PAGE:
Jung Jiyong seems to have agonized over the kind of poetry he wanted to cultivate in colonized Chosun which, having lost its unique Oriental aesthetics amid the influx of Western civilization, was now pursuing a new, Western version of aesthetics.
Thus in 1938 he presented "A Note on Jo Taekwon, A Fresh Oriental Dancer" as if it was meant to reflect his agony. "Poetry exists in the Orient," he said, carefully revealing in it the type of poetry that he had intended to explore with references to Oriental art and poetics.
In the choreography of Jo Taekwon who studied Aesthetic of the Orient and Courtesy of Chosun, Jiyong wanted to find some cues for his poetry. Jo Taekwon was a choreographer who, together with Choe Seunghee, took tutorial lessons from their Japanese teacher Yisiyi Baku (石井漠) and studied in Paris.
He and Jiyong were close friends. Having landed in Paris to major in Western choreography and learn about the West, Jo realized that what he had to do in Paris, the center of Western choreography, was to pursue Oriental traditions.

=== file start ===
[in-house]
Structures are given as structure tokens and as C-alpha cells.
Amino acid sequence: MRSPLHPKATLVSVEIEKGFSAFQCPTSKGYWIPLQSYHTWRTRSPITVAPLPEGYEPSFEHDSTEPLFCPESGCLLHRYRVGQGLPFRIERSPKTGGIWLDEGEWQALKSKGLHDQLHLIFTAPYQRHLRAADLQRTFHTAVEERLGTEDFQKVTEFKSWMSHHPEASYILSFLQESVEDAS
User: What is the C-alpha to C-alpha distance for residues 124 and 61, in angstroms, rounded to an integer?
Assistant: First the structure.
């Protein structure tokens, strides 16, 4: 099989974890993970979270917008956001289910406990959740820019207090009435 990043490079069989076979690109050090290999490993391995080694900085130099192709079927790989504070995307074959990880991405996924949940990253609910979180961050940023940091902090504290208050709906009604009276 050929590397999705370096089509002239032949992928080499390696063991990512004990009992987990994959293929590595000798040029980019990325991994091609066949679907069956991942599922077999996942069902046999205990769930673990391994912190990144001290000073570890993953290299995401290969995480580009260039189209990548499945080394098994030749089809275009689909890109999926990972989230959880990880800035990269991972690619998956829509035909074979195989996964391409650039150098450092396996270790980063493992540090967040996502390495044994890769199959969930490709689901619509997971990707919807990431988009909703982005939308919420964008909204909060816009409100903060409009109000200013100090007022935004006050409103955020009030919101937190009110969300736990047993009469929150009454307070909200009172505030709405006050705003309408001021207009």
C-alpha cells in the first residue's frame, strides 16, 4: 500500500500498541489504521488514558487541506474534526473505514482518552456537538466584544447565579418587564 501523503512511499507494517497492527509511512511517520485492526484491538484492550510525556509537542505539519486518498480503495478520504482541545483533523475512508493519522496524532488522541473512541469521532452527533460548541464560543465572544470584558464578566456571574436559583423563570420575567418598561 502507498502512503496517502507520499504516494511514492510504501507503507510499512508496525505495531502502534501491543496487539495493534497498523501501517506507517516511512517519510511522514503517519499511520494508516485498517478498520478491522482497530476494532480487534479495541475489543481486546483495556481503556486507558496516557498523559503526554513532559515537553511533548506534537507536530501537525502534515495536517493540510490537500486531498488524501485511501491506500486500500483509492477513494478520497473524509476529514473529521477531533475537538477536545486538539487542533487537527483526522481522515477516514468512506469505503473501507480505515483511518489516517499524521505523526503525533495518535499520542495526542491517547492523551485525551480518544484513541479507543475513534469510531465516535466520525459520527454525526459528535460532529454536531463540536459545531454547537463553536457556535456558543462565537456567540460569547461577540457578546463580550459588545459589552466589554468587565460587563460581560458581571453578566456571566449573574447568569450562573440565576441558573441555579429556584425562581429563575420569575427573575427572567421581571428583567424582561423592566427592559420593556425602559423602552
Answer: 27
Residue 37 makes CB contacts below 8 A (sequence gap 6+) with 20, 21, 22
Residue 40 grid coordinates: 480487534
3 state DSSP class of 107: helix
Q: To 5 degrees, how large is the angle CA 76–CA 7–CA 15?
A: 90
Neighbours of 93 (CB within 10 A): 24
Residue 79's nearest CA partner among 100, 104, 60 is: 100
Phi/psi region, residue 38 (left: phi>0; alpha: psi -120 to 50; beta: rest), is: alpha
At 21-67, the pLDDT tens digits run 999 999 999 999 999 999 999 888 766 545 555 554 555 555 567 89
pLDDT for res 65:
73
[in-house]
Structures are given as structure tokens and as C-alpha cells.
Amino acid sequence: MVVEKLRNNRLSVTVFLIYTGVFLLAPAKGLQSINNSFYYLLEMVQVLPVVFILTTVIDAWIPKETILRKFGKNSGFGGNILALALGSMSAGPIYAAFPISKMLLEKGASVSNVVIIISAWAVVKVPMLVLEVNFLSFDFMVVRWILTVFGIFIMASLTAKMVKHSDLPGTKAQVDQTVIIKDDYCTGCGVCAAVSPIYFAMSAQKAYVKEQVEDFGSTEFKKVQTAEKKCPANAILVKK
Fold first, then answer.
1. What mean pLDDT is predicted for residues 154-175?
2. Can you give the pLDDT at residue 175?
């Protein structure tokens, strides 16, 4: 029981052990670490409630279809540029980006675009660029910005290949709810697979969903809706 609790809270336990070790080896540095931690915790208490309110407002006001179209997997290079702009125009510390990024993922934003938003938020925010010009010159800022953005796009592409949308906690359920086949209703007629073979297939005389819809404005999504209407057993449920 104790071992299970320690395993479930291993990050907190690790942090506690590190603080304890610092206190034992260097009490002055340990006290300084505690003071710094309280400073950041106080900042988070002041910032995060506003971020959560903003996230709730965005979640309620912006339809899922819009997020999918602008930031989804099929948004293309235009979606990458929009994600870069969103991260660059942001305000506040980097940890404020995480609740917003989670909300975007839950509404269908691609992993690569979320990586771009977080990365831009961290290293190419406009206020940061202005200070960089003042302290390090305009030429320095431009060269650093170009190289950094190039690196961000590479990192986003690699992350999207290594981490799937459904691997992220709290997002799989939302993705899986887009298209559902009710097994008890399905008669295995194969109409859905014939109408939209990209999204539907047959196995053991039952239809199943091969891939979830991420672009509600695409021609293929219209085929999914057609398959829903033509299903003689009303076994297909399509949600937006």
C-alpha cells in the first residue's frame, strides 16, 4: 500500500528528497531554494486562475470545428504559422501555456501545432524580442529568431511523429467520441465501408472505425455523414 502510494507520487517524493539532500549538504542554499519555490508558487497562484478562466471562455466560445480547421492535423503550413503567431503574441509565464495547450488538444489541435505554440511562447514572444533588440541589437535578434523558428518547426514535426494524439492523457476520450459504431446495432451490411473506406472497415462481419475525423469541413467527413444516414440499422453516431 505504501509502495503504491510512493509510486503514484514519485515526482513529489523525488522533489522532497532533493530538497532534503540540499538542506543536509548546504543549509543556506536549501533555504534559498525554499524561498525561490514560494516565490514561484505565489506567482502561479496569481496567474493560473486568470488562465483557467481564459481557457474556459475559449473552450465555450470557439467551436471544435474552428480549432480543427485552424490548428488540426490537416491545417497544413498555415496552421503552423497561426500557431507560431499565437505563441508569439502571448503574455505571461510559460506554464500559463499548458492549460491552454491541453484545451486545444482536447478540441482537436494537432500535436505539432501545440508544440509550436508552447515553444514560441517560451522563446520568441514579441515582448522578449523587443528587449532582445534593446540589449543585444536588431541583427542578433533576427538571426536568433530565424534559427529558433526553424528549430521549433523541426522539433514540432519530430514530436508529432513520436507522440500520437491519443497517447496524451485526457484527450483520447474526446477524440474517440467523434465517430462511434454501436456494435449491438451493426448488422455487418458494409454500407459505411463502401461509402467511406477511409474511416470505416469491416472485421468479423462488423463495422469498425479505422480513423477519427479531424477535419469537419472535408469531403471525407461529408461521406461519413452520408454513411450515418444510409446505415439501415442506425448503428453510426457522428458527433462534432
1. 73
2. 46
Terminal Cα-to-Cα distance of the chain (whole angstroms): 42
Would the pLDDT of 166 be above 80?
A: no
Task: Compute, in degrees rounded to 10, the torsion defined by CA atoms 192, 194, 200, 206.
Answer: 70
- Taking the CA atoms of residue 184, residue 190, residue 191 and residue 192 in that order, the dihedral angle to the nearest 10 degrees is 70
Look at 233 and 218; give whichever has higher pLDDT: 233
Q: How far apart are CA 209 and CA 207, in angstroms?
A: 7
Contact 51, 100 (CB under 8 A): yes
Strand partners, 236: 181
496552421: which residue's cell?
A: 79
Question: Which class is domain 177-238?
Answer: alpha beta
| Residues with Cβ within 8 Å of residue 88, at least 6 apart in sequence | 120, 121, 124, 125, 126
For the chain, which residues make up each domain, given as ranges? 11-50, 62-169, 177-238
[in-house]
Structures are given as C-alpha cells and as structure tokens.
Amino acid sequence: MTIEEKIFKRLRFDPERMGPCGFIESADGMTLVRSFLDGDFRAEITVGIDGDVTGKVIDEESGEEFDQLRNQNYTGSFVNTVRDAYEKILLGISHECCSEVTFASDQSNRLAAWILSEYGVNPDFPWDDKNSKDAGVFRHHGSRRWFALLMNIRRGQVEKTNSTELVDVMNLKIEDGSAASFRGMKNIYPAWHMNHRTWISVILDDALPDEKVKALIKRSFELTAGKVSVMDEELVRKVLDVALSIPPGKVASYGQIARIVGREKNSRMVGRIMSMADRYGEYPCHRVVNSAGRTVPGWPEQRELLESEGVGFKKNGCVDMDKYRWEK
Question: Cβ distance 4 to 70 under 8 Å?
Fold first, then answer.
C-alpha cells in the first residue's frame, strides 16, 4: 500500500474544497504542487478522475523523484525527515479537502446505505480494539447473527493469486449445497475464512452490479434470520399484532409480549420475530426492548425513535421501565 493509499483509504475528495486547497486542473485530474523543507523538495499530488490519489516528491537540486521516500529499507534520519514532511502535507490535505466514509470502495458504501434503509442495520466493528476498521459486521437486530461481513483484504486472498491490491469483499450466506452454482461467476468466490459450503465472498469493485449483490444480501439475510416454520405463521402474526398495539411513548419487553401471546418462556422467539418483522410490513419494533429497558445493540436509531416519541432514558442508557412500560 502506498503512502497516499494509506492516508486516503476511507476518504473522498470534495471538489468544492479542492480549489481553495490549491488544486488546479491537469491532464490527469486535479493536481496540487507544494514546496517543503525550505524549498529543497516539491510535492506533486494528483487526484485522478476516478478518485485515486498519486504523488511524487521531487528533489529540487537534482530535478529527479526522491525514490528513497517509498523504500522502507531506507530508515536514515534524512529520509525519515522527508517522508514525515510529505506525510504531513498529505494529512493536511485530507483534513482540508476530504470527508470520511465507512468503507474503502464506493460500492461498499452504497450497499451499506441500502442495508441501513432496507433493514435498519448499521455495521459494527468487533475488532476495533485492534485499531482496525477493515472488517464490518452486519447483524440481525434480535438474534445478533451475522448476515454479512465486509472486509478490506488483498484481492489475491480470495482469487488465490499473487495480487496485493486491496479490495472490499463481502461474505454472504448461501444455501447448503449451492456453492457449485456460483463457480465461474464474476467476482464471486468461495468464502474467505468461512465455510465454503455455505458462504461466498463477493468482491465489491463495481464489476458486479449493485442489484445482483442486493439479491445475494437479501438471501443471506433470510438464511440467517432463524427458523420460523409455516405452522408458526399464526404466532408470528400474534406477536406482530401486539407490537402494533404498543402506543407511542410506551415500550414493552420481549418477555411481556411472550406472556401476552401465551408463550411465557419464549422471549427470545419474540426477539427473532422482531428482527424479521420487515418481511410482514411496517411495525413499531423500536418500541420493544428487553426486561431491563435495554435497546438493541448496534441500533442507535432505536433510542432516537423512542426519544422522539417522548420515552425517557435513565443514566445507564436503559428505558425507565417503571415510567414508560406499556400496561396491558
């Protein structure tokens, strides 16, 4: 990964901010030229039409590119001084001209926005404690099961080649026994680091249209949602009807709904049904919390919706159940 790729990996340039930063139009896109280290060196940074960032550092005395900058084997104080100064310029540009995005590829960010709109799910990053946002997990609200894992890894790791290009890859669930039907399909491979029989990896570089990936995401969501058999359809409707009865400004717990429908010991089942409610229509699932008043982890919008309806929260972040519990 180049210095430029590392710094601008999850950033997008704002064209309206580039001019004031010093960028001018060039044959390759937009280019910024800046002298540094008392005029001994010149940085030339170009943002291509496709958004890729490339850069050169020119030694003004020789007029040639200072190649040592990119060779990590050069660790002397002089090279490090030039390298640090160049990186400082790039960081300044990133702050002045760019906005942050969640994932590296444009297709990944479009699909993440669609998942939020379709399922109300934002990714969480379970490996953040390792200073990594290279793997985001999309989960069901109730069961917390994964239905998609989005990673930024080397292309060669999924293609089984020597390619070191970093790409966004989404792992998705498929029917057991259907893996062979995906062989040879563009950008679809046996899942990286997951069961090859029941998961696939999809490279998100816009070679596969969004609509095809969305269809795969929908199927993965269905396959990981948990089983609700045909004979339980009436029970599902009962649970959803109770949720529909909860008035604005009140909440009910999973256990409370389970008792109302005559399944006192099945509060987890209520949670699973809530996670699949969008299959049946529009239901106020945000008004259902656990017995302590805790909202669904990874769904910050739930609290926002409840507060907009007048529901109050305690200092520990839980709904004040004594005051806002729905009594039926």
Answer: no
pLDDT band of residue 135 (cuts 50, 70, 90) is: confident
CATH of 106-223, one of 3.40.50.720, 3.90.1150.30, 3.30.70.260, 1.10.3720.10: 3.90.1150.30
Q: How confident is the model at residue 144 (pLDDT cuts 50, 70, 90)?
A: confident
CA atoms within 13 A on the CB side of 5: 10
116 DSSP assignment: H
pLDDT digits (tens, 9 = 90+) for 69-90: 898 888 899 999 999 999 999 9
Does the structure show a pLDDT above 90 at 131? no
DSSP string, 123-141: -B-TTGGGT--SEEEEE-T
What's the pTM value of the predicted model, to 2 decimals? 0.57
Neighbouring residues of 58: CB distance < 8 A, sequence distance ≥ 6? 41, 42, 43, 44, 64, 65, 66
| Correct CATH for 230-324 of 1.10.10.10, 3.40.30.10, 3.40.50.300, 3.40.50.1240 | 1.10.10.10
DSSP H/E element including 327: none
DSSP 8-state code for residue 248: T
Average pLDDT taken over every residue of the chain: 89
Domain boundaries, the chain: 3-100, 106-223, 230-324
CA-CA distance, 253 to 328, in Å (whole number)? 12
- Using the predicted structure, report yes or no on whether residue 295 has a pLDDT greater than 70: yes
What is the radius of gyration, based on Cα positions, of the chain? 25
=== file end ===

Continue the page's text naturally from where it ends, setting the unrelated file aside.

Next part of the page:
Jiyong took notice of Oriental aesthetics because he created a method to show the realistic and historical aspects of colonized Chosun in an indirect, circuitous manner. What he created was a form of poetry in which the self and the thing completely merge with one another while the writer remains totally hidden behind his poems. However, he actually exists inside his poetry in a latent form instead of completely disappearing therefrom.
Jiyong borrows, rather than quoting, from Oriental classics in order to broaden his world of art. He was fond of reciting the Shih Ching and T'ang Poem while creating (石井漠) wherein classics and modernism blended.
Yi Baek lived his life as a wanderer under adverse circumstances. And yet he contemplated on the mundane world, wherein he sought beauty and solace while transcending secular interests and gains and losses. One may thus conclude that, though set apart in time and space, Jiyong and Yi Baek pursued a similar kind of poetry in which the self and object fused into one amid the beauty and permanence of nature.